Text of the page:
Midwest Living Review
Ornate gingerbread, Moorish arches, stained glass and turrets cover the elaborate homes of Muskegon's most accomplished lumber baron, Charles Hackley, and his business partner, Thomas Hume. The guides say that Hackley's aim in building these two homes (constructed between 1887 and 1889) was to prove his fabulous wealth. On that point, he definitely succeeded.
Considered by some to be the finest examples of Gilded Age arts in the world, the Hackley and Hume houses hint at the amounts of money that must have passed through Muskegon in the late 1800s, when the lumber industry established this port city as an economic force to be reckoned with. The Hackley House captures the home's original splendor, and the Hume House has been restored to look the way it did in 1915. Between the two houses sits City Barn, a building Hackley and Hume shared to accommodate horses, carriages, equipment and staff. On the Hackley side, the lower level has been renovated to re-create its 1897 appearance; the upper level offers a few historical exhibits and classroom space. On the Hume side, City Barn now holds museum offices, a theatre and a shop.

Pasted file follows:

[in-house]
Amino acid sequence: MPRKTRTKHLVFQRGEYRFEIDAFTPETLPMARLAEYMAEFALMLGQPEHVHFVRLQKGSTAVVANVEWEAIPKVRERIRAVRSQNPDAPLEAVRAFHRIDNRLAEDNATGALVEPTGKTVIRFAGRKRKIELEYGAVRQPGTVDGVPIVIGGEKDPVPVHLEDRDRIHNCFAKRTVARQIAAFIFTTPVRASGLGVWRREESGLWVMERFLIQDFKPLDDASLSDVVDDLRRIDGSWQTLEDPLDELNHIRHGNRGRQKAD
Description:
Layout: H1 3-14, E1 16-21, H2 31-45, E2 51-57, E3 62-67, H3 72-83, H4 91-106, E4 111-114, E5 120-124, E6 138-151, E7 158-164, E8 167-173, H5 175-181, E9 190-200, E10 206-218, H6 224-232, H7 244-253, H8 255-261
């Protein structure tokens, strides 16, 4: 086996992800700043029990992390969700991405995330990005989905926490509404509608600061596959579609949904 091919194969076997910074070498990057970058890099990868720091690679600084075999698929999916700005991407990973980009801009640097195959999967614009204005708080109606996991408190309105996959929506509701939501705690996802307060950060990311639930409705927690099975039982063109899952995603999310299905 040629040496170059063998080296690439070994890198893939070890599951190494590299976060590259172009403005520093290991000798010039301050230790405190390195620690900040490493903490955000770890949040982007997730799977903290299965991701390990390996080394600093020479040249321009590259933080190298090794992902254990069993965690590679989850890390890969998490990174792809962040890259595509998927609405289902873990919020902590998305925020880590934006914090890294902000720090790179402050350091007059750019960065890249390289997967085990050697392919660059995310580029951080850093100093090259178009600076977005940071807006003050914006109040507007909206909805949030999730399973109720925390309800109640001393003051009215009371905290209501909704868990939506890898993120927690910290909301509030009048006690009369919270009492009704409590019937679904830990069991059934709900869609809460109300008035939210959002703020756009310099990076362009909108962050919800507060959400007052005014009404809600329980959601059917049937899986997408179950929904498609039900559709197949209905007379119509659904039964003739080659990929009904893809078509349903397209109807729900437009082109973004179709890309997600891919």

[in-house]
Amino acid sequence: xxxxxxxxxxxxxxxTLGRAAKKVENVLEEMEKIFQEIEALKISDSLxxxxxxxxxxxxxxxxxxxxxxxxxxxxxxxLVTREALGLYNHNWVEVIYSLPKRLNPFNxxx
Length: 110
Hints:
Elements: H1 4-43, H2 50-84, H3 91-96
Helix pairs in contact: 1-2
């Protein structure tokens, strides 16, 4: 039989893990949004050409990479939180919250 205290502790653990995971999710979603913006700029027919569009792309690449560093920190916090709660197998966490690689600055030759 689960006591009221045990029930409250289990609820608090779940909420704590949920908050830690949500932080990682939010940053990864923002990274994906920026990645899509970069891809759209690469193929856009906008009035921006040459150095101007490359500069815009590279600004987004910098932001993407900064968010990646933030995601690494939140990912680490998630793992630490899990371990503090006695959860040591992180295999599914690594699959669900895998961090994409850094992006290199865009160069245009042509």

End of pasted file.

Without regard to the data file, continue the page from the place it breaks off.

Open May through October, the Hackley and Hume Historic Site is part of Muskegon's Lakeshore Museum Center. A guided tour that covers both homes and City Barn costs $5.